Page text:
In this issue

Jonathan Tobin: Defending the Right to a Jewish State

Heather Hale: Compliment your kids without giving them big heads

Megan Shauri: 10 ways you are ruining your own happiness

Carolyn Bigda: 8 Best Dividend Stocks for 2015

Kiplinger's Personal Finance editors: 7 Things You Didn't Know About Paying Off Student Loans

Samantha Olson: The Crucial Mistake 55% Of Parents Are Making At Their Baby's Bedtime

Densie Well, Ph.D., R.D. Open your eyes to yellow vegetables

The Kosher Gourmet by Megan Gordon With its colorful cache of purples and oranges and reds, COLLARD GREEN SLAW is a marvelous mood booster --- not to mention just downright delish
April 18, 2014

Rabbi Yonason Goldson: Clarifying one of the greatest philosophical conundrums in theology

Caroline B. Glick: The disappearance of US will

Megan Wallgren: 10 things I've learned from my teenagers

Lizette Borreli: Green Tea Boosts Brain Power, May Help Treat Dementia

John Ericson: Trying hard to be 'positive' but never succeeding? Blame Your Brain

The Kosher Gourmet by Julie Rothman Almondy, flourless torta del re (Italian king's cake), has royal roots, is simple to make, . . . but devour it because it's simply delicious

April 14, 2014

Rabbi Dr Naftali Brawer: Passover frees us from the tyranny of time

Greg Crosby: Passing Over Religion

Eric Schulzke: First degree: How America really recovered from a murder epidemic

Georgia Lee: When love is not enough: Teaching your kids about the realities of adult relationships

Cameron Huddleston: Freebies for Your Lawn and Garden

Gordon Pape: How you can tell if your financial adviser is setting you up for potential ruin

Dana Dovey: Up to 500,000 people die each year from hepatitis C-related liver disease. New Treatment Has Over 90% Success Rate

Justin Caba: Eating Watermelon Can Help Control High Blood Pressure

The Kosher Gourmet by Joshua E. London and Lou Marmon Don't dare pass over these Pesach picks for Manischewitz!

April 11, 2014

Rabbi Hillel Goldberg: Silence is much more than golden

Caroline B. Glick: Forgetting freedom at Passover

Susan Swann: How to value a child for who he is, not just what he does

Cameron Huddleston: 7 Financial Tasks You Should Tackle Right Now

Sandra Block and Lisa Gerstner: How to Profit From Your Passion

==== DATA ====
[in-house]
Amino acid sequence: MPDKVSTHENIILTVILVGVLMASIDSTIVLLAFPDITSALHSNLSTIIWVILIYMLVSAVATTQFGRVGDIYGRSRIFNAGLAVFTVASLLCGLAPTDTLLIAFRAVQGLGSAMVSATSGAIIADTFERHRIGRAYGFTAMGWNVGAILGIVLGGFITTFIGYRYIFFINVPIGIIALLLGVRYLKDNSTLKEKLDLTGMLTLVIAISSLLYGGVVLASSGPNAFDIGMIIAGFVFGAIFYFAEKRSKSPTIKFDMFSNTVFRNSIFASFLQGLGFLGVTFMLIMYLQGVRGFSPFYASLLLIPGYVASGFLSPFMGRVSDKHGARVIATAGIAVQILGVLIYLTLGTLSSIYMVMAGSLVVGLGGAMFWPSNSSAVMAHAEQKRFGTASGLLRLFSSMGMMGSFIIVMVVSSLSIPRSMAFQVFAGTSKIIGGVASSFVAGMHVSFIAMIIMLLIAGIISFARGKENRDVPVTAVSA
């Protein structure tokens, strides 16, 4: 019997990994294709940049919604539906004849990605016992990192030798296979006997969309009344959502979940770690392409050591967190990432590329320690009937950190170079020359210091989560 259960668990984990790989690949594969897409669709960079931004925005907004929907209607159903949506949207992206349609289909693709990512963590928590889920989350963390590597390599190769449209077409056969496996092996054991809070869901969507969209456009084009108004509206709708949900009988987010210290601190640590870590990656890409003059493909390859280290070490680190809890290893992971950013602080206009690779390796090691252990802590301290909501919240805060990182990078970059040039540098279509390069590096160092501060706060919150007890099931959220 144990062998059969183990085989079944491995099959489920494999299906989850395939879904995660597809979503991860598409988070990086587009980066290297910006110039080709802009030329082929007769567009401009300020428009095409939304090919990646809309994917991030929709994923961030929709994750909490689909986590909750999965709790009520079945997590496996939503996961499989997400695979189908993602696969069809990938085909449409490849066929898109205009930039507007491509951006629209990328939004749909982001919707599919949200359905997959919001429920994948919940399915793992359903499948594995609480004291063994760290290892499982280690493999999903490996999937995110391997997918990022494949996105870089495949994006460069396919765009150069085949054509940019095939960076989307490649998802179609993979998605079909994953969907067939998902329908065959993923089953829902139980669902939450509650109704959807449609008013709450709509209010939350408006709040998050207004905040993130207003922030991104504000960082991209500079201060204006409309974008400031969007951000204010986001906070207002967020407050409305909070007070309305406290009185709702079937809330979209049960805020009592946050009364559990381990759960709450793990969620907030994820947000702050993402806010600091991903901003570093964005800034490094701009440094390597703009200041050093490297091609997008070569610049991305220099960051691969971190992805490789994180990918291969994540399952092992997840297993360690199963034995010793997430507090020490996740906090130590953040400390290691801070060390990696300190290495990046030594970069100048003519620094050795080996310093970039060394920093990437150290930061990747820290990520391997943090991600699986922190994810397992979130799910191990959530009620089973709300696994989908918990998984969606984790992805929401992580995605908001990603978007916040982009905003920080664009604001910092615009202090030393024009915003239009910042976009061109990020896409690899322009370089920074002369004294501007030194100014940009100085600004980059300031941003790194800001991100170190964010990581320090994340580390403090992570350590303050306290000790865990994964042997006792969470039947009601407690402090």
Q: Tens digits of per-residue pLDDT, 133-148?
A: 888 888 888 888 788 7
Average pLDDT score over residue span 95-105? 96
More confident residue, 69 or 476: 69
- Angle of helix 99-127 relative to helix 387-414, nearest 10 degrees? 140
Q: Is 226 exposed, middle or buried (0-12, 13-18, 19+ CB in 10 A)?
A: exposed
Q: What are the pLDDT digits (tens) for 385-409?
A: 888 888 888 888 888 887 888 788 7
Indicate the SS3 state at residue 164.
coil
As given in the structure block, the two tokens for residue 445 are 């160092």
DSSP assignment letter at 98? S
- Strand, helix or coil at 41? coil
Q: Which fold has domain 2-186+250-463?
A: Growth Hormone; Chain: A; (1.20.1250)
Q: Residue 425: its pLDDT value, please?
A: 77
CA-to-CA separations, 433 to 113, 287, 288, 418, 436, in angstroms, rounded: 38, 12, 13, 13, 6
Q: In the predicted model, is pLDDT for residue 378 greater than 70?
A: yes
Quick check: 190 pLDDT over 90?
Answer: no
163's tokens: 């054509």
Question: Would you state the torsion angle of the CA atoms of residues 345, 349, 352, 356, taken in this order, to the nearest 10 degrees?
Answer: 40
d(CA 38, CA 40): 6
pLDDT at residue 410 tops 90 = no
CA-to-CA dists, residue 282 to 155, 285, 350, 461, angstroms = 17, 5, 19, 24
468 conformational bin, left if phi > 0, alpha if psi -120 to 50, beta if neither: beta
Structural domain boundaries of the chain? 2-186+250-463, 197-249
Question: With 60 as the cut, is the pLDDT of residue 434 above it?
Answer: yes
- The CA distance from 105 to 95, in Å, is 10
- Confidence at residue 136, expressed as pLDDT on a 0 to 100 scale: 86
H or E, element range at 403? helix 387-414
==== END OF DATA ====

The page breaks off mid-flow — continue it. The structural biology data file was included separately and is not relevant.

Susan Scutti: A Simple Blood Test Might Soon Diagnose Cancer

Chris Weller: Have A Slow Metabolism? Let Science Speed It Up For You

The Kosher Gourmet by Diane Rossen Worthington Whitefish Terrine: A French take on gefilte fish

April 9, 2014

Jonathan Tobin: Why Did Kerry Lie About Israeli Blame?

Samuel G. Freedman: A resolution 70 years later for a father's unsettling legacy of ashes from Dachau

Jessica Ivins: A resolution 70 years later for a father's unsettling legacy of ashes from Dachau

Kim Giles: Asking for help is not weakness

Kathy Kristof and Barbara Hoch Marcus: 7 Great Growth Israeli Stocks

Matthew Mientka: How Beans, Peas, And Chickpeas Cleanse Bad Cholesterol and Lowers Risk of Heart Disease

Sabrina Bachai: 5 At-Home Treatments For Headaches

The Kosher Gourmet by Daniel Neman Have yourself a matzo ball: The secrets bubby never told you and recipes she could have never imagined

April 8, 2014

Lori Nawyn: At Your Wit's End and Back: Finding Peace

Susan B. Garland and Rachel L. Sheedy: Strategies Married Couples Can Use to Boost Benefits

David Muhlbaum: Smart Tax Deductions Non-Itemizers Can Claim

Jill Weisenberger, M.S., R.D.N., C.D.E : Before You Lose Your Mental Edge

Dana Dovey: Coffee Drinkers Rejoice! Your Cup Of Joe Can Prevent Death From Liver Disease

Chris Weller: Electric 'Thinking Cap' Puts Your Brain Power Into High Gear

The Kosher Gourmet by Marlene Parrish A gift of hazelnuts keeps giving --- for a variety of nutty recipes: Entree, side, soup, dessert

April 4, 2014

Rabbi David Gutterman: The Word for Nothing Means Everything

Charles Krauthammer: Kerry's folly, Chapter 3

Amy Peterson: A life of love: How to build lasting relationships with your children

John Ericson: Older Women: Save Your Heart, Prevent Stroke Don't Drink Diet

John Ericson: Why 50 million Americans will still have spring allergies after taking meds

Cameron Huddleston: Best and Worst Buys of April 2014

Stacy Rapacon: Great Mutual Funds for Young Investors

Sarah Boesveld: Teacher keeps promise to mail thousands of former students letters written by their past selves

The Kosher Gourmet by Sharon Thompson Anyone can make a salad, you say. But can they make a great salad? (SECRETS, TESTED TECHNIQUES + 4 RECIPES, INCLUDING DRESSINGS)